German Chancellor Angela Merkel tells Greece the door to talks is still open but urged Athens to act quickly to submit a new proposal. Deborah Gembara reports.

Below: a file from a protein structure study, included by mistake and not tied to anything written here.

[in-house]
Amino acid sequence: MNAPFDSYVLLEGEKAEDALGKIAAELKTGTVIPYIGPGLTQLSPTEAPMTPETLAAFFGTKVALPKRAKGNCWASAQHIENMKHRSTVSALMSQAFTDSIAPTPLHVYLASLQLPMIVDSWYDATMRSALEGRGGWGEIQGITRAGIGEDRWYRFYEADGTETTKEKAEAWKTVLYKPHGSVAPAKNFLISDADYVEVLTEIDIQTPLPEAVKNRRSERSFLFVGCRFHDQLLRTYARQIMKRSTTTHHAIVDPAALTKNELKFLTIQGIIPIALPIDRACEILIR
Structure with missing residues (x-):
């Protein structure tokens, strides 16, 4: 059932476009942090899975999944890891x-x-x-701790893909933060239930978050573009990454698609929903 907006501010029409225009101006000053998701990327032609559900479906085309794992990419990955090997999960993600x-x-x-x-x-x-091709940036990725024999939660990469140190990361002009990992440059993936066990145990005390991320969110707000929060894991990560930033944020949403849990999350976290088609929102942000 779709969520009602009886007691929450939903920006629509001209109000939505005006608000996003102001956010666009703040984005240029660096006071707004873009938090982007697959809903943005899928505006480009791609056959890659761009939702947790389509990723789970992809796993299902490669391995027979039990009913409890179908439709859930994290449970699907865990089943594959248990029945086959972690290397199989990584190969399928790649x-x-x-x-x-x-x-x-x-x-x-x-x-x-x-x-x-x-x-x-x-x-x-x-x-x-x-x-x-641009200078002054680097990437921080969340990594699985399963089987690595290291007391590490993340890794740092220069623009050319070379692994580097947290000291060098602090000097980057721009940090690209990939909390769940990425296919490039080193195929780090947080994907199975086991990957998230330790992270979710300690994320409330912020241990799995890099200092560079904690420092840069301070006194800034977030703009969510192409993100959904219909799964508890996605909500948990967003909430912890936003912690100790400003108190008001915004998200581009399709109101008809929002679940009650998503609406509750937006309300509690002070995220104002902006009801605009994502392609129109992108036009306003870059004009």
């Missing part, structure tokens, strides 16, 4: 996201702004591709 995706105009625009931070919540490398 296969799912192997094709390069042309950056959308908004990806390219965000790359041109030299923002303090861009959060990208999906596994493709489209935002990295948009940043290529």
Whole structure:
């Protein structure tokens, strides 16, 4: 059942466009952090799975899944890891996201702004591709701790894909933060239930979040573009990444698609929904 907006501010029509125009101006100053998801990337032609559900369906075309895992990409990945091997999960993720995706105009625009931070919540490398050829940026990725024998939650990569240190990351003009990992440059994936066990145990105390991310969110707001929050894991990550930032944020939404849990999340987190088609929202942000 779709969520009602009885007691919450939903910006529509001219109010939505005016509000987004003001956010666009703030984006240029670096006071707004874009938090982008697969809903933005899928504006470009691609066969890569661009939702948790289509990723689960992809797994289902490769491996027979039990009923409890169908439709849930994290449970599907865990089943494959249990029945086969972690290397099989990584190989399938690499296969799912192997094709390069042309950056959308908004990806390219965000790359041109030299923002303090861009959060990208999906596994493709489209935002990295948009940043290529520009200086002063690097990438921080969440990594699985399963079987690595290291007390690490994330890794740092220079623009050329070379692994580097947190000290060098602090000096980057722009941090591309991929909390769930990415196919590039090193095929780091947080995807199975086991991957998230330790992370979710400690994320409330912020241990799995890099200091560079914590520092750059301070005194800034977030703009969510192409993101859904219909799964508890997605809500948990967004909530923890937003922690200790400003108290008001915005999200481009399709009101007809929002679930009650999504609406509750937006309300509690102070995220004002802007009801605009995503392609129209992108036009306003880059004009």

A day after Greece rejected the terms of a massive bailout, the country's fate dominated high-level meetings in Paris. German Chancellor Angela Merkel began by acknowledging the weekend's 'no' vote from Greece. (SOUNDBITE) (German) GERMAN CHANCELLOR, ANGELA MERKEL, SAYING: "We respect the decision of this referendum. It's the vote of a democratic and sovereign country and now we have to live with this decision. The question is what the attitude of the other 18 countries of the euro zone will be to this vote and to know what solutions we will find." The German leader went on to say that the door to talks remains open but urged Athens to act quickly. (SOUNDBITE) (German) GERMAN CHANCELLOR ANGELA MERKEL, SAYING: "Time is of the essence and we insist that Greek proposals must be on table this week, so we can deal with the situation the way it is at the moment." French President Francois Hollande echoed similar sentiments, adding that the ball was now in Greece's court. (SOUNDBITE) (French) FRENCH PRESIDENT, FRANCOIS HOLLANDE, SAYING: "It's up to the government of Alexis Tsipras to make serious, credible proposals so that that desire to stay in the euro zone can be realized." Hollande and Merkel have requested euro zone leaders hold an emergency meeting in Brussels on Tuesday. And Greece while defiant about austerity measures over the weekend, appeared to be taking conciliatory steps on Monday --- namely demanding the resignation of Finance Minister Yanis Varoufakis, a known critic of the original bailout. By late afternoon, a new minister, Euclid Tsakalotos Was Being Sworn In. Many believe a deal saving Greece from economic ruin, if possible, could take weeks.